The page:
The king of Bahrain, whose regime has been accused of rights abuses, was among nearly 50 foreign royals at a lunch on Friday to mark the diamond jubilee of Britain's Queen Elizabeth II.
King Mswati III of Swaziland, Africa's last absolute monarch, was also on the guest list for an event that has caused several diplomatic headaches for Britain.
Bahrain is gripped by civil unrest following a brutal crackdown on pro-democracy protests, while Swazi activists accuse King Mswati of presiding over an economic meltdown while enjoying an ultra-lavish lifestyle.
Spain's Queen Sophia pulled out of the lunch earlier this week due to tensions with Britain over the disputed territory of Gibraltar.
About 50 people staged a protest against what they called "dictator monarchs" outside Buckingham Palace in London, where most of the foreign royals were attending a dinner following the lunch at Windsor Castle.
King Hamad was not at the dinner hosted by heir to the throne Prince Charles and his wife, though King Mswati and one of his 13 wives were among the guests who sat down for cheese souffle, sea bass and rhubarb Eton mess at the palace.
"We feel it's tremendously important to show that there are British people who do not agree with these royal dictators being invited to Windsor Castle and Buckingham Palace," said human rights campaigner Peter Tatchell.
"The queen has misjudged the public mood. Most British people would not agree with our head of state wining and dining dictators who stand accused of very serious human rights abuse."
Demonstrators chanted and held banners reading: "Shame on you Liz Windsor," and "Democracy now for Swaziland".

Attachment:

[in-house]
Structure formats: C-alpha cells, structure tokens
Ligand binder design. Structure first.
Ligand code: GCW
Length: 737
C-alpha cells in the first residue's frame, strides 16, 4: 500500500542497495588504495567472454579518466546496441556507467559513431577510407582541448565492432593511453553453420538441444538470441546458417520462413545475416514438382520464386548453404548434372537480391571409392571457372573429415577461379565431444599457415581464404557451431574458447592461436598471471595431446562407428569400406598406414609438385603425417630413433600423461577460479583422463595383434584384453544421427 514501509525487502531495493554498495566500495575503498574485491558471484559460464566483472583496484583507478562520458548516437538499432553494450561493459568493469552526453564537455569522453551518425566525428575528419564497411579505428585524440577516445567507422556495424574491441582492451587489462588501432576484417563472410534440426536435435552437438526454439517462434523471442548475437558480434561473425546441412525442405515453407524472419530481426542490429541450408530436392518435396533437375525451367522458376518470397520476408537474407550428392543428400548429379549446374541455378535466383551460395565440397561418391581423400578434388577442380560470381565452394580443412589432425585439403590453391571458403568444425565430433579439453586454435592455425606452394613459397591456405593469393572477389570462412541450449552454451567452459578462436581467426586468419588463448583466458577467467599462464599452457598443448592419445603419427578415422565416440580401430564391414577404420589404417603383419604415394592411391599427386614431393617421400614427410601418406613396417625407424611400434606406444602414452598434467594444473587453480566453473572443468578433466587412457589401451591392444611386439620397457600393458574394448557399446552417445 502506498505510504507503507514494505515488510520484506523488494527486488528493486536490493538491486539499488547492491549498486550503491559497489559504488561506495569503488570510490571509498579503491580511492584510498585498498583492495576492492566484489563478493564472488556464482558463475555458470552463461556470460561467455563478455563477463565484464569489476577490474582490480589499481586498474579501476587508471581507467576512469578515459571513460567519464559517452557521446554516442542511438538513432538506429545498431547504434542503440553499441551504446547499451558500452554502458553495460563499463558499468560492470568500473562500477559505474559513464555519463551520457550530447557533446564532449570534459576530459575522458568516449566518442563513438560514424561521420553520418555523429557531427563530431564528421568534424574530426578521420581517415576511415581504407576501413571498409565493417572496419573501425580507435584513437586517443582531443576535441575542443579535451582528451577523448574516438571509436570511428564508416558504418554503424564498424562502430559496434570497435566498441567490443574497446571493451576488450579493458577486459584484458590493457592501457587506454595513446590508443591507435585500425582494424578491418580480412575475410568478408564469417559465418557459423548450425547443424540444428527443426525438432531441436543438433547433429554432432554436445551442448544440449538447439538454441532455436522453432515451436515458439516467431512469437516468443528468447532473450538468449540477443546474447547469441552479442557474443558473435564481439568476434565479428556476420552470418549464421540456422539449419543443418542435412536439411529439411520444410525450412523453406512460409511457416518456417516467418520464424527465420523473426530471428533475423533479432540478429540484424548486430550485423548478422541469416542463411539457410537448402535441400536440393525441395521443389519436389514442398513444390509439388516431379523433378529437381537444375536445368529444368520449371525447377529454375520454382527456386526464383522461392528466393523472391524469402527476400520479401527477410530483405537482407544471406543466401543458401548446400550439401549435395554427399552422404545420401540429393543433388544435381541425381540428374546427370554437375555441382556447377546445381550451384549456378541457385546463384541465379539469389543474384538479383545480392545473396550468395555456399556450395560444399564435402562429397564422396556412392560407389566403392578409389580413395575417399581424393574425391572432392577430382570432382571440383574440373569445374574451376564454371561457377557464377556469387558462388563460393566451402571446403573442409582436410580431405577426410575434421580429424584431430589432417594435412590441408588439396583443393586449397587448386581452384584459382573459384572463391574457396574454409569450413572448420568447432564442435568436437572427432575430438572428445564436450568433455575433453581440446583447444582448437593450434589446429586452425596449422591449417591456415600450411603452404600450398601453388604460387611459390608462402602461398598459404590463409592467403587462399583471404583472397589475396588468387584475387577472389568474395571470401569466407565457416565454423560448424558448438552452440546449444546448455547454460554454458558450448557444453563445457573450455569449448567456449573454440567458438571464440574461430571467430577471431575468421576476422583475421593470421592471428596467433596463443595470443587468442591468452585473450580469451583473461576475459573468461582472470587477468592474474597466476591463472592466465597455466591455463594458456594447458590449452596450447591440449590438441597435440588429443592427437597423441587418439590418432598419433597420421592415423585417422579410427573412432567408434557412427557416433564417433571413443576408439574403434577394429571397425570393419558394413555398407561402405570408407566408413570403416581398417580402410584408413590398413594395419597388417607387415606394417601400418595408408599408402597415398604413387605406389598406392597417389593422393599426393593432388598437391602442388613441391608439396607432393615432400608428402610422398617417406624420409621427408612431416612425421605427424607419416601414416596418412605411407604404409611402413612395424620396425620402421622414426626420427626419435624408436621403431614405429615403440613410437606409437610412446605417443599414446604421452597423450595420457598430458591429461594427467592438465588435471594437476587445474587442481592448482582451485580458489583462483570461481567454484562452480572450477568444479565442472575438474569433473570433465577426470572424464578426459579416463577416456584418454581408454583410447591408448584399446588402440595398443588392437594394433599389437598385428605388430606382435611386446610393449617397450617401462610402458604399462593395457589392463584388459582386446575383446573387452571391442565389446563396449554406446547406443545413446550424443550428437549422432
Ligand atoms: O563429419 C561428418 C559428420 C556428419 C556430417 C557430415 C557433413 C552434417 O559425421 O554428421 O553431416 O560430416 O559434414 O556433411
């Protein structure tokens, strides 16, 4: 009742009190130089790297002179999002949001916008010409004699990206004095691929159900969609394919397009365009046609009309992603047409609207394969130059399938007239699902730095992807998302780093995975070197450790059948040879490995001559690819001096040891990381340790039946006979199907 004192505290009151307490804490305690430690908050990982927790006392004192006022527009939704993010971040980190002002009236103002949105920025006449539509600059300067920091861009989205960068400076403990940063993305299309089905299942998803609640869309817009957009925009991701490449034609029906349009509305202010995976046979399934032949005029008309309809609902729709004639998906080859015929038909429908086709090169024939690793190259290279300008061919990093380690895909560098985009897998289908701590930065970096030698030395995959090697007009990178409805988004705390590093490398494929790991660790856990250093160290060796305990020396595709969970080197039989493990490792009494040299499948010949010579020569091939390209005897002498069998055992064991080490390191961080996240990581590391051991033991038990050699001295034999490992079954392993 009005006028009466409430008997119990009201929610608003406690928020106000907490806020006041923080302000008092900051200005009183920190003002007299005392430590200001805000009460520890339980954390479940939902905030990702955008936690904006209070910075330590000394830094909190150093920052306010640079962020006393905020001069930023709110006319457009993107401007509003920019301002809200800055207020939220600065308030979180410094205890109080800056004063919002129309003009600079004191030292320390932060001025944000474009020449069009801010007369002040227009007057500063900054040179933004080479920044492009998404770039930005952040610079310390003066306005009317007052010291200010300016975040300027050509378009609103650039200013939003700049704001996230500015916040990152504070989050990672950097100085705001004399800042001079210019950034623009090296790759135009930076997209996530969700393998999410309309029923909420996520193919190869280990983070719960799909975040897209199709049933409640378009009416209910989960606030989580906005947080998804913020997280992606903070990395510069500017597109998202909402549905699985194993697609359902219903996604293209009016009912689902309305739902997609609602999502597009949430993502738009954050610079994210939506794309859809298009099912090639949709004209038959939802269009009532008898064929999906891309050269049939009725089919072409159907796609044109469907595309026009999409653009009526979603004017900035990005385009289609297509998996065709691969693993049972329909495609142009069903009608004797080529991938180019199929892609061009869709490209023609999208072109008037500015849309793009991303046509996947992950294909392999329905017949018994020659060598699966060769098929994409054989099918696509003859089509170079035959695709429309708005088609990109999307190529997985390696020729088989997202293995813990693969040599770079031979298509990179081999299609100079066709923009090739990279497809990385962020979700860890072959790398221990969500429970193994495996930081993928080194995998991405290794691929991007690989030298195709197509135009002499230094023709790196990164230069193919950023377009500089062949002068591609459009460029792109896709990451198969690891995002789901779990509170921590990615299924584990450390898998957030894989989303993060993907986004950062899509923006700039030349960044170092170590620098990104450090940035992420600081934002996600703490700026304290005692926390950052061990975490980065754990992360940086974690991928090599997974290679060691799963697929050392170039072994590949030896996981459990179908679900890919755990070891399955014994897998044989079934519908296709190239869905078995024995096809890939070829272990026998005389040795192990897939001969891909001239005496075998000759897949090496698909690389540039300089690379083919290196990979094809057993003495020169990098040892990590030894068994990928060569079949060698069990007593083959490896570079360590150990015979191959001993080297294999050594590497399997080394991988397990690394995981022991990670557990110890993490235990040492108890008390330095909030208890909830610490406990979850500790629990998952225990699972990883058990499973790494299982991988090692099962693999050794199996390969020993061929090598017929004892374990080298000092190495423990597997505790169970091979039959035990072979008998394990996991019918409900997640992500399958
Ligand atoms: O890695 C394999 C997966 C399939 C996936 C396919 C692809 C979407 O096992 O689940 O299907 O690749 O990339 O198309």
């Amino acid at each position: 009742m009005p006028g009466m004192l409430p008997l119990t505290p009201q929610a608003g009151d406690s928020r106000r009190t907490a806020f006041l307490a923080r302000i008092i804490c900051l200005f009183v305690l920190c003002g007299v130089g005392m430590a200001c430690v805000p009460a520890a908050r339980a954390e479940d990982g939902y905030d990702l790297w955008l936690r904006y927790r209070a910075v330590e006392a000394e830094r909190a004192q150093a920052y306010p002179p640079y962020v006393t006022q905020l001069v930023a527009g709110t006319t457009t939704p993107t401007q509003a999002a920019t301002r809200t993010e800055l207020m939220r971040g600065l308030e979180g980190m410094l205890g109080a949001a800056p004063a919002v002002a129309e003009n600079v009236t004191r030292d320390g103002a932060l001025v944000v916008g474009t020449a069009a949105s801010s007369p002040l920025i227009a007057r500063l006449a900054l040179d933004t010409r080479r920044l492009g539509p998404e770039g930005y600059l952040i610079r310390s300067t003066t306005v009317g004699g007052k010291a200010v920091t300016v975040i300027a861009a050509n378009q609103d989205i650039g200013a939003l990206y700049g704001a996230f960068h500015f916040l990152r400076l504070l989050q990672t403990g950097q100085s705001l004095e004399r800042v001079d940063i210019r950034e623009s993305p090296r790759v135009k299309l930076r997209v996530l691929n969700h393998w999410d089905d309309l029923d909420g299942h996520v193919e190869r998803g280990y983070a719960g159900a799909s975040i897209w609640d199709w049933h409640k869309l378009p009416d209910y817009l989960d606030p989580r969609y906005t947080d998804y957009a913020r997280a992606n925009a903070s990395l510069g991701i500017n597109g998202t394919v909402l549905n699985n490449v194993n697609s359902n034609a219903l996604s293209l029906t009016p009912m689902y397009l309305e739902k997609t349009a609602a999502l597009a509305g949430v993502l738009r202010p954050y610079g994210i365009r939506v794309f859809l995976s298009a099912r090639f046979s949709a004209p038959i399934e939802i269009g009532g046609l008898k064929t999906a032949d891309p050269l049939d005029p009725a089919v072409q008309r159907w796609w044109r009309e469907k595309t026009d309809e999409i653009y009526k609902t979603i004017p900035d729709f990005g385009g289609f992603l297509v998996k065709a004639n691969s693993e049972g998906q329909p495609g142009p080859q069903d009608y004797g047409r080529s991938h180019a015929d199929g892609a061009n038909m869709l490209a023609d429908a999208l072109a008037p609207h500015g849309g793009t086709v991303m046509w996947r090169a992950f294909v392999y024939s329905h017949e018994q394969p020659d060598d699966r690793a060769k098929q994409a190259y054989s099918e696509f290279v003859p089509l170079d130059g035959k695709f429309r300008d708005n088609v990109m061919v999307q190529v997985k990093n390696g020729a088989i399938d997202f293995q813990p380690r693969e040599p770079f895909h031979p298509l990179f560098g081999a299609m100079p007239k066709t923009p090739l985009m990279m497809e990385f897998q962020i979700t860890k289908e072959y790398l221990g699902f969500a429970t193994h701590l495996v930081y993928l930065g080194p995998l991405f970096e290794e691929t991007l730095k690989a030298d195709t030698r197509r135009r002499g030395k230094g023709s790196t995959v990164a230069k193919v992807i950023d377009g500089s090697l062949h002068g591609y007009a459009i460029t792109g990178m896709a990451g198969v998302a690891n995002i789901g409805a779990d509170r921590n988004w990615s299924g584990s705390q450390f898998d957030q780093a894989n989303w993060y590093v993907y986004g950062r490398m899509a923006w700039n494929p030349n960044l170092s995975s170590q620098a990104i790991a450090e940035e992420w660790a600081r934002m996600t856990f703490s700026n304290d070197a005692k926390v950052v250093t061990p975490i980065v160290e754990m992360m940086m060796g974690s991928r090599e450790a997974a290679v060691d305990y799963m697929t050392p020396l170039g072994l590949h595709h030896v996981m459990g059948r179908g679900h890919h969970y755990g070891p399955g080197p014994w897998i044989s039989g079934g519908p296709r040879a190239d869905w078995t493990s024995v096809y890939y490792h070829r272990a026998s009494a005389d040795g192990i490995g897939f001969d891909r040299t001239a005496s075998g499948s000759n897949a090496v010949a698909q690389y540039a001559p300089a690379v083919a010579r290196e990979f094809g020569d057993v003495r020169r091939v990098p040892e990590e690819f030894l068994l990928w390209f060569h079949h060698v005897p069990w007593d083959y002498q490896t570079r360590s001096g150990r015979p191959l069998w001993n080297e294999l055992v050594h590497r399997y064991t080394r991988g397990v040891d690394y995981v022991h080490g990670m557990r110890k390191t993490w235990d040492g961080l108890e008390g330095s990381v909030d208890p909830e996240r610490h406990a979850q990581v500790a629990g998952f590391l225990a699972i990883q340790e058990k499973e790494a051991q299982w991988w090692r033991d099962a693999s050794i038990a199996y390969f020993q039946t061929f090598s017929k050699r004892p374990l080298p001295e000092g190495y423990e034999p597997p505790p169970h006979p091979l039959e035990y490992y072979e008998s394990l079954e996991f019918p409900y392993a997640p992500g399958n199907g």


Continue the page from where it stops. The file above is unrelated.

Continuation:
At the black-tie dinner inside, Charles and his wife Camilla greeted guests including King Abdullah II of Jordan and his wife Queen Rania, and Prince Albert II of Monaco with his wife Princess Charlene.
Royals from Brunei, Kuwait, Qatar and Saudi Arabia were also among the guests for the two events.
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Less controversially, Japan's 78-year-old Emperor Akihito, King Harald V of Norway and Queen Beatrix of the Netherlands were among the 17 foreign reigning monarchs who attended.
An AFP reporter at Windsor said security was low-key and there was no sign of any protest. Indeed, a dozen-strong group waved Bahraini flags.
Around 150 people gathered to see the limousines arrive at the castle west of London. Some monarchs waved to the crowds as they went in, while Japanese spectators cheered and bowed to their emperor.
One spectator, Clare, a Windsor woman in her 60s, used binoculars to identify the flags on the vehicles.
"This is not a political event," she told AFP. "It's a great pity that politics had been allowed to intrude. The diamond jubilee is a celebration for the queen."
Queen Elizabeth, 86, and her husband Prince Philip warmly greeted their guests as they arrived and assembled for a group photo.
Buckingham Palace has said that the Foreign Office approved the invitation to King Hamad.
Britain has close links to Bahrain and has had to tread carefully in diplomatic terms since the unrest broke out.
Prime Minister David Cameron held a meeting with King Hamad at his Downing Street residence in December when he urged him to implement reforms, and offered Britain's support in doing so.
Bahrain's Crown Prince Salman bin Hamad al-Khalifa turned down an invitation to William and Kate's wedding following a public outcry in Britain.
Amnesty International says around 60 people have been killed in Bahrain since the anti-regime protests first erupted in February last year.
The visit by international royals is one of the main events in the run-up to four days of celebrations spanning June 2-5 to mark the queen's 60th year on the throne.